By lunchtime, I was headed home with two black rockfish in the cooler, and thinking back to those childhood days in Thailand and Singapore and remembering being served a dish of white fish with a fermented dried black bean sauce at my uncle Prarop’s house. After Mom got home from bingo and opened the cooler and gawked in amazement at the size of the fish, I had to consult her on fermented black beans. It turns out that they’re not really black beans at all, like the kind you think of with Mexican cooking. Fermented black beans, also called salted dried black beans, are actually soybeans that have been dried and fermented with salt and usually ginger. They’re used frequently in Cantonese cooking, especially with crab and shrimp, clams and mussels. 

We headed to one of our local Asian grocery stores, Wing Wa, where Mom asked the clerk in Chinese for help finding the beans. She took us down an aisle and pointed to the neatly arranged cardboard round containers from China on the top shelf. Inside, the black beans were sealed in plastic. At home, I took a whiff — earthy and salty and savory. Just perfect for the black rockfish, I thought. Now to clean my catch, put one fish in the freezer and fillet the other, then get dinner ready. When it was nearing time for dinner, I thought it was a good sign that Charles and Mom came downstairs and asked what the aroma coming from the kitchen was. 

Roasted rockfish with black bean and garlic sauce, served with steamed white rice and blanched baby bok choy.


Roasted Rockfish with Black Bean, Garlic and Ginger Sauce 

  1. 1 -2 rockfish fillets, depending on the number of people you’d like to serve (if you can’t find rockfish, substitute other firm-fleshed white fish like red snapper, tilapia or even halibut)
  2. 2 tablespoons (30 ml.) fermented black beans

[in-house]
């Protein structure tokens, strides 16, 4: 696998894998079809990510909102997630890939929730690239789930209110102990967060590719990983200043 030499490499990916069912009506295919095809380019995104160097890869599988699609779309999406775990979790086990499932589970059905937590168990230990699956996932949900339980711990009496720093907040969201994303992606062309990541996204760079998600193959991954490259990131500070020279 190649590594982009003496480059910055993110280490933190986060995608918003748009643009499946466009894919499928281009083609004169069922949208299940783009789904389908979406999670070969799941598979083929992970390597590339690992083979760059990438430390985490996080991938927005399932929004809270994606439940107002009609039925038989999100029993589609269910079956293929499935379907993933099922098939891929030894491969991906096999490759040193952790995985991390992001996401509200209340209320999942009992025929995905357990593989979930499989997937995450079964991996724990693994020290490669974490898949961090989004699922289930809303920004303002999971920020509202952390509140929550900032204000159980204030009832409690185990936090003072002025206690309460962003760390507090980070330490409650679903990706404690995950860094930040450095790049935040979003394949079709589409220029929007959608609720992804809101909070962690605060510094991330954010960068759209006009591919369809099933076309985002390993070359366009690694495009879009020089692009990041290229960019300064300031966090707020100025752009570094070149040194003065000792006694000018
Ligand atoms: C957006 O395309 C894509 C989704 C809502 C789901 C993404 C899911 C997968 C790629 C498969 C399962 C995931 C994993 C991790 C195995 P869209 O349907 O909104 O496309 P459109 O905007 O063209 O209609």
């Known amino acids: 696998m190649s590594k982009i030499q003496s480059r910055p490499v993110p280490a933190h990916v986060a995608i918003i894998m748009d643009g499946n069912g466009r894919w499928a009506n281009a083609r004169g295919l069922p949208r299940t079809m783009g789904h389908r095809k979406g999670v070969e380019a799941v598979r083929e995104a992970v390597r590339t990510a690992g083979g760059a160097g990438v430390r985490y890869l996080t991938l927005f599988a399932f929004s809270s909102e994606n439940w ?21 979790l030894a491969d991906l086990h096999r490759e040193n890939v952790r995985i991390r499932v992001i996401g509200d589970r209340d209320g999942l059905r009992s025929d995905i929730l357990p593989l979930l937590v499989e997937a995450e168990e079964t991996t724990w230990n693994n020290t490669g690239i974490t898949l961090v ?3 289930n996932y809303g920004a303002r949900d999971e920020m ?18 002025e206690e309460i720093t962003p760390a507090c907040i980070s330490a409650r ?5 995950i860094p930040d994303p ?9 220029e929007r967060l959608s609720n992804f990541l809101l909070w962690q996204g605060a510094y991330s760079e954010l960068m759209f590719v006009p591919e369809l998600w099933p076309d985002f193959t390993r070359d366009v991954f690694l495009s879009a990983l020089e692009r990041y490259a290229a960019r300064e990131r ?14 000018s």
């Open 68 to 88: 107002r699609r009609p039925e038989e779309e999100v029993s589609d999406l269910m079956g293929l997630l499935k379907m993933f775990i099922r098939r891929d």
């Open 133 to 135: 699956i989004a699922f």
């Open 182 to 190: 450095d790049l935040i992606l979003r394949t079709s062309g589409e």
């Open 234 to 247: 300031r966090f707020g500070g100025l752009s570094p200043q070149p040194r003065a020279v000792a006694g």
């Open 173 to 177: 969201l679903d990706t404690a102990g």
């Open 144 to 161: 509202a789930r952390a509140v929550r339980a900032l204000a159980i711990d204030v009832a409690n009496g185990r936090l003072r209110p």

3. 2 tablespoons (30 ml.) mirin (Japanese rice wine vinegar)
  4. 2 tablespoons (30 ml.) hot water
  5. ¼ cup (60 ml.) ginger, peeled and julienned
  6. 2 tablespoons (30 ml.) finely chopped garlic
  7. 2 tablespoons (30 ml.) olive oil
  8. 2 tablespoons (30 ml.) peanut or other cooking oil
  9. 3 tablespoons (45 ml.) sweet dark soy sauce
  10. Salt for seasoning fish
  • Rinse and pat dry fish fillets. Place them in a dish, coat them with olive oil, season with a little salt and set aside.
  • In a small bowl, combine black beans, mirin, hot water and let soak for 10 minutes.
  • In a small saucepan, heat peanut oil or cooking oil over low heat and sweat the garlic and ginger. (Note: You do not want to brown the garlic and ginger; just sweat it for a couple of minutes.)
  • Add the black beans and the liquid they’ve been soaking in. Add dark soy sauce, stir thoroughly to incorporate, cook a couple of minutes, turn off heat and set aside.
  • Put the fish skin-side down in a roasting pan that’s been coated with a little oil and place in oven about four or five inches under broiler on high heat for 5 to 10 minutes until fish is cooked. The amount of time will depend on how thick the fish fillets are.
  • When fish is done, place on serving platter, spoon the black bean and garlic sauce over the fish and serve immediately.

You can serve this easy dish with steamed white rice and simple vegetables, like blanched baby bok choy dressed with a little ponzu sauce and sesame oil. 


— Vic

Pacific Rockfish

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Category: Seafood

About the Author (Author Profile)

Victor Panichkul is a journalist and writer by training; a cook, wine lover and photographer by passion; and a lover of the outdoors since moving to Oregon more than 10 years ago. He is a native of Bangkok, Thailand.

Comments (1)

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  1. Rachel says:

    AMAZING! i am suspec to say something like that bcause i love ginger sauce. Congrats!